One Weird Trick To Destroy Conservatives (It's Not That Weird)
A Very Simple Approach To Seemingly Complex Issues
In 1987, Ronald Reagan suffered one of the biggest political defeats of his eight-year presidency. The failed nomination of Robert Bork to the Supreme Court left such a bad taste in the mouths of the right that now, nearly 40 years after Bork’s rejection, the right still waves this failure as a bloody shirt example of the purported perniciousness of liberalism.
The blocking of Bork was good for America, as it prevented a radical from obtaining one of the most important jobs in American government. One key element in “Borking,” as it came to be known, is instructive going forward on how conservative ideas and leaders can effectively be defeated.
Oliver Willis Explains is a reader-supported publication. To receive new posts and support my work, consider becoming a free or paid subscriber.
On July 1, 1987, the late Sen. Ted Kennedy made a speech on the Senate floor about Bork’s then-pending nomination. Here is the key passage:
Robert Bork's America is a land in which women would be forced into back-alley abortions, blacks would sit at segregated lunch counters, rogue police could break down citizens' doors in midnight raids, schoolchildren could not be taught about evolution, writers and artists would be censored at the whim of government, and the doors of the federal courts would be shut on the fingers of millions of citizens for whom the judiciary is often the only protector of the individual rights that are the heart of our democracy.
America is a better and freer nation than Robert Bork thinks. Yet in the current delicate balance of the Supreme Court, his rigid ideology will tip the scales of justice against the kind of country America is and ought to be.
Kennedy’s speech and other related rhetoric and activism did what even now seems impossible: It translated the arcane legal language of constitutional law into something the average person on the street could understand. The Bork nomination was not about “stare decisis,” “precedent,” “settled law” or other terminology. It was about the every day America that people faced with Bork on the court. And they didn’t want it.
Most conservative ideas are extremely unpopular, and its a testament to conservative message discipline in the party and in conservative media (especially Fox News) that they have been so politically successful despite their ideas being more often than not rejected by a plurality or outright majority of Americans.
Yet too often liberals address bad conservative ideas with piles of charts and figures and policy papers, and even in short form communications like a tweet, they load them up with so much data it is overwhelming.
I think this comes out of a group mindset that mistakenly believes the path to success in American politics is to be taken “seriously,” and in too many cases the “seriousness” is determined by complexity.
What really works, as exemplified by Kennedy’s speech, is simple: Tell people what will happen if conservative ideas are enacted. Not the macro level societal impact of conservative ideas, showing large trends over a number of years, but what happens to the individual person in their daily life when right-wing policies become law?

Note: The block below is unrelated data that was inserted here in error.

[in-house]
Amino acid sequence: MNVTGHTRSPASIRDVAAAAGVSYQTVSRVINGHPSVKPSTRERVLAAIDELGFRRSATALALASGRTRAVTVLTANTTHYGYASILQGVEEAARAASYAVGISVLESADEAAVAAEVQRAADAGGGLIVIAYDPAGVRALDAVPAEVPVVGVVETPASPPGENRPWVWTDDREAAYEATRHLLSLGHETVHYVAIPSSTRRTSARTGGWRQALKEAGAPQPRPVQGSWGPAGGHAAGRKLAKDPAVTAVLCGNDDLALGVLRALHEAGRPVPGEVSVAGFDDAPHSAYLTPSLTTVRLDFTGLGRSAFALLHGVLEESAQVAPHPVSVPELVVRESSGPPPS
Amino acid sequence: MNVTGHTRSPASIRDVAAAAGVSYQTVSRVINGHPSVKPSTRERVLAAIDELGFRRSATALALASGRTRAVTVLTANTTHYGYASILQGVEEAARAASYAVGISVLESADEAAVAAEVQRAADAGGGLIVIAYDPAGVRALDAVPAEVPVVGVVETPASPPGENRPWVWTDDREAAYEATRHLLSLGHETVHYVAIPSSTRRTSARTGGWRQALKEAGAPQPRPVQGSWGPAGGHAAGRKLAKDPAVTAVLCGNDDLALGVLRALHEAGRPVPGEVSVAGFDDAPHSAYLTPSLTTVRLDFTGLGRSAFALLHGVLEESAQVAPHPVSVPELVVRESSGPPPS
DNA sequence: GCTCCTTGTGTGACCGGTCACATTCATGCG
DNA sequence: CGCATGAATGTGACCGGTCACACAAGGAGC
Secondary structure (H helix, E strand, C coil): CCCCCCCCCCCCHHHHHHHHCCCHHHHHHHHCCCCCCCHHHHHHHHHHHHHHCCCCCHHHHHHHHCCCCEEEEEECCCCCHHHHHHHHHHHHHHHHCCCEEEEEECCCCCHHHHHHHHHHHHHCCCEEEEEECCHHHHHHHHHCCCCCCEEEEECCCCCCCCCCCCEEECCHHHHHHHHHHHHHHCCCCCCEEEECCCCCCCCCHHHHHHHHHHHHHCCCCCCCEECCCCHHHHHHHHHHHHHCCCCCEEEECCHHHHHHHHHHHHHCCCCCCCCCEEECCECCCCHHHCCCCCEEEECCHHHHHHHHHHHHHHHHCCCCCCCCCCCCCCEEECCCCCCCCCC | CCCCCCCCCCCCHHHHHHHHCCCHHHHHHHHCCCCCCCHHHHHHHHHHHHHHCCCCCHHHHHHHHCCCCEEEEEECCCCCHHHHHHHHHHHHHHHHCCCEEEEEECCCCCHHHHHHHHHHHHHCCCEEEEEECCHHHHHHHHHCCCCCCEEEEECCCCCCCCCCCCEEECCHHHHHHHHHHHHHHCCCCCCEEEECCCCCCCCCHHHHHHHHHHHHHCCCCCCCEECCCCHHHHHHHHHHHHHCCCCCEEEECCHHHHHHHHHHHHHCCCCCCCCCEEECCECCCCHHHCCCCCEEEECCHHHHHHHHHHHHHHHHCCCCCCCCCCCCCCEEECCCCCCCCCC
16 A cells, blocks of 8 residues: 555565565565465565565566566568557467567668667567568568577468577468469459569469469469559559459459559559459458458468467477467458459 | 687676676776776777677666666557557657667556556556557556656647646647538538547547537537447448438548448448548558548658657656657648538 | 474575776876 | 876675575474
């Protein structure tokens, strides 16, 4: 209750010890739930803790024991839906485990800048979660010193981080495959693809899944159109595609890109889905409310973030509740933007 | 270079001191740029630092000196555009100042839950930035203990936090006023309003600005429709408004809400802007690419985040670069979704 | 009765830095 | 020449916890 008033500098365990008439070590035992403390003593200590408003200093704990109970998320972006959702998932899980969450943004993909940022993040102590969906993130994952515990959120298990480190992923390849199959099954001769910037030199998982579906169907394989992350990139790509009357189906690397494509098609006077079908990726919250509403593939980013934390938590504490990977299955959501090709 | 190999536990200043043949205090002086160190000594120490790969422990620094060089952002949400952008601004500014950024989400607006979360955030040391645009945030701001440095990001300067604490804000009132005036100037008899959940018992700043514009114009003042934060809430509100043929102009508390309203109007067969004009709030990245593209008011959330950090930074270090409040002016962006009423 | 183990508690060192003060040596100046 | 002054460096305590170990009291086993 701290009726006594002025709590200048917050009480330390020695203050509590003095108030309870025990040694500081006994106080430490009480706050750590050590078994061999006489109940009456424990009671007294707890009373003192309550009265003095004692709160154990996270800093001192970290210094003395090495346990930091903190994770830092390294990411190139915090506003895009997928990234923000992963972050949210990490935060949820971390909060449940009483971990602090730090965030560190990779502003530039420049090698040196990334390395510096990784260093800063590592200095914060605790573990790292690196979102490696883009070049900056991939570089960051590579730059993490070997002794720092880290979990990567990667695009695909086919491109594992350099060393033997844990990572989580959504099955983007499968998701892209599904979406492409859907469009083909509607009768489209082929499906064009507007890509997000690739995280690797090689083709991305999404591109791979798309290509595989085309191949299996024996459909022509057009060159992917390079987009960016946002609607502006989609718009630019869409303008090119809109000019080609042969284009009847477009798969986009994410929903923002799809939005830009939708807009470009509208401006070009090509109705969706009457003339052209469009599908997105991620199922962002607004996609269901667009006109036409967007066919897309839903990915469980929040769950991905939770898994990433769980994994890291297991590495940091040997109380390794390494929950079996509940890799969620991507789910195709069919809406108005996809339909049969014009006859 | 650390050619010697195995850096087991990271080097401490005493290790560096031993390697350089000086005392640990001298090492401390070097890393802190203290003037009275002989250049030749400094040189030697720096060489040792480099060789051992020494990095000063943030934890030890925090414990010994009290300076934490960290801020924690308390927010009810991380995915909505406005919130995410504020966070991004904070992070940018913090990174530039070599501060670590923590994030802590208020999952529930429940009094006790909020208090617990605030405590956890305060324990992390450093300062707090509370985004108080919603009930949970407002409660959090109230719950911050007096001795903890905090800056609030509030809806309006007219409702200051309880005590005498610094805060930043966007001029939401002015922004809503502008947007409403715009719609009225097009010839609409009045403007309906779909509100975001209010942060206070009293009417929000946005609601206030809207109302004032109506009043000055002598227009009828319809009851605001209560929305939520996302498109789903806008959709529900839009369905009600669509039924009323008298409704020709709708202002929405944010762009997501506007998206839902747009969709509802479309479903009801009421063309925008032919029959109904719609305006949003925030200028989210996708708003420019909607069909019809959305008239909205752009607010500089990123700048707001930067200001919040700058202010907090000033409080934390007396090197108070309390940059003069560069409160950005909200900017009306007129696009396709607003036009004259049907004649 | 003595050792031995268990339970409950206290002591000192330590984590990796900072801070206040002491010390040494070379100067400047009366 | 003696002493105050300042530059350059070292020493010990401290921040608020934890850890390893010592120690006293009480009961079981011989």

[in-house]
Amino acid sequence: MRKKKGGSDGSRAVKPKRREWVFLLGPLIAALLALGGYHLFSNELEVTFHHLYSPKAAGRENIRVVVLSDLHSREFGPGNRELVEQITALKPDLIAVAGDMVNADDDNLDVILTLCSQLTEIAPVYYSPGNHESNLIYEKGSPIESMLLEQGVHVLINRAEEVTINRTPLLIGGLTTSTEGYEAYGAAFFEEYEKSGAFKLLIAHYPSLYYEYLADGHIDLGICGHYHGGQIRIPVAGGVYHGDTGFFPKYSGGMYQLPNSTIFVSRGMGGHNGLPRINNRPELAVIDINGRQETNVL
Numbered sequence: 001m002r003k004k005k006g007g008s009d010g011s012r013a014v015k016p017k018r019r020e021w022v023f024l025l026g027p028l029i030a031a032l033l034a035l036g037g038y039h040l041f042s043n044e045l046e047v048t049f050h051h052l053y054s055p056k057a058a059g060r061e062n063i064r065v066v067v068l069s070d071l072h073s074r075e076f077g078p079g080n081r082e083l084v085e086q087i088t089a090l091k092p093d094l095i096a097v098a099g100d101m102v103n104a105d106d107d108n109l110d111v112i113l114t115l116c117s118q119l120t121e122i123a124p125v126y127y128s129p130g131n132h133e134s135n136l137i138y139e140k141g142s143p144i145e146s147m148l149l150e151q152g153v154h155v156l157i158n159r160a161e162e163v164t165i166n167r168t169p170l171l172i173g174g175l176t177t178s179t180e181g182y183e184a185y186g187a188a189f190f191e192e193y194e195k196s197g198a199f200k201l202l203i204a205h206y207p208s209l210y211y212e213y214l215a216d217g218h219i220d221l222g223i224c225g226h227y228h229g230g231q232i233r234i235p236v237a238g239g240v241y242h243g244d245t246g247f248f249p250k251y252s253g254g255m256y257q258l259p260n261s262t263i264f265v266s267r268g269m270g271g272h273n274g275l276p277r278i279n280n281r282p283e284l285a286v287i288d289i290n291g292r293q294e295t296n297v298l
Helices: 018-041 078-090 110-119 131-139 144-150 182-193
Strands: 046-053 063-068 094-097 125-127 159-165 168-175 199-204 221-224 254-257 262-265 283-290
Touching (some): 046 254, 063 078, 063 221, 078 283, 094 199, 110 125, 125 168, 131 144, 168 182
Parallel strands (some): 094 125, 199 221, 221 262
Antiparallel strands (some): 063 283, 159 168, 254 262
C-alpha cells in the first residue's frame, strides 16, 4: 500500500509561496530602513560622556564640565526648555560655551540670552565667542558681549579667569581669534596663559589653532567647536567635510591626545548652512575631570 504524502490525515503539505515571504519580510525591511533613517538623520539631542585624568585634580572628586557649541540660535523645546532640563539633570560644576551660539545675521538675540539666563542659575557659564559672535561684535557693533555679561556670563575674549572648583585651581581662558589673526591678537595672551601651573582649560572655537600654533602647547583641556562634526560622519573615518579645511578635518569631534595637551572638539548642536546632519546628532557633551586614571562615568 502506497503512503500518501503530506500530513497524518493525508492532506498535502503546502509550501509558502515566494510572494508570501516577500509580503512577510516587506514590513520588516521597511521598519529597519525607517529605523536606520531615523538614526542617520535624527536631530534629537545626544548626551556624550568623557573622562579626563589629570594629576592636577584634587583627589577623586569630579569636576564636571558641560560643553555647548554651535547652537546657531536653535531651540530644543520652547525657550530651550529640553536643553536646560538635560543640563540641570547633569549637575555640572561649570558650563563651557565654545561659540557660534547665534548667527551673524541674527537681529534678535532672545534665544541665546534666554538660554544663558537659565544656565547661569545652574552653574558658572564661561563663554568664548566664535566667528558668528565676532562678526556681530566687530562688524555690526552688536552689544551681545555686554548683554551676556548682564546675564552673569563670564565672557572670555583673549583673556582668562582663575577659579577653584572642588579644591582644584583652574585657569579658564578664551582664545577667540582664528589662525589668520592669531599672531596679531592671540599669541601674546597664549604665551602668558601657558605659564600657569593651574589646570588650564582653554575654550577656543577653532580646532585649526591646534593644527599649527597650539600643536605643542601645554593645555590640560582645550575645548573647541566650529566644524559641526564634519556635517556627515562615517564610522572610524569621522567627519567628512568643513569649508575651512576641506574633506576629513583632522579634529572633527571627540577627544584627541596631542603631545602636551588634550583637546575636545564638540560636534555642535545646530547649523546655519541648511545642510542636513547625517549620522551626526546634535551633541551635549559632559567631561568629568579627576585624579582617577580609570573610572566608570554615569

For example, abortion.
If Republican abortion bans are enacted, both at the state and federal levels, women will die. They will die because there are no doctors around to provide the care they need. They will die because they will be driven into back alleys to seek banned medical procedures. They will die.
Women will also be arrested for seeking their own health care if these bans are enacted. Their doctors will face time in prison for providing health care, and so will nurses, medical technicians, aides and the like.
Men who rape women — including their own daughters — will be given a significant boost by Republican abortion bans. The law will be on their side when it comes to issues like terminating a pregnancy.
Young girls, like eleven-year-olds, will be forced to carry pregnancies from rape if Republican abortion bans are enacted.
Too often we have seen liberals shy away from such blunt and direct language, preferring to seek refuge with milder statements with dry facts and figures. This ineffective approach is cheered on by both the mainstream press, who have wildly different standards of discourse for liberals and Democrats — they believe the left has to always watch it’s “tone.”
Conservatives are the people who love bloodless language the most when it is employed by liberals. They love it because this cedes almost the entire argument to their side of the aisle. It is a green light for right-wing hyperbole, about how the left is morally depraved and in favor of a “far left,” “socialist,” “communist,” “un-American” agenda. Every time.
One of the most effective rhetorical weapons that liberals have in their arsenal is the simple and clear statement of “what happens next.” Conservatives have a hard time explaining, for instance, why their abortion ban will kill women, and that’s why they’d much rather spend everyone’s time talking about how a document was leaked rather than the core of the issue.
Just say what they’re going to do. It works. And they hate it.
Follow me, Oliver Willis, on Twitter @owillis
Please Check Out
I’ve moved a couple of my older posts over to Substack that I’d like you to check out and share, thanks:
Exclusive Kal-El Photo
I think most of the time that Kal-El’s default mood is “sleepy and unimpressed.” Which we should all aspire to.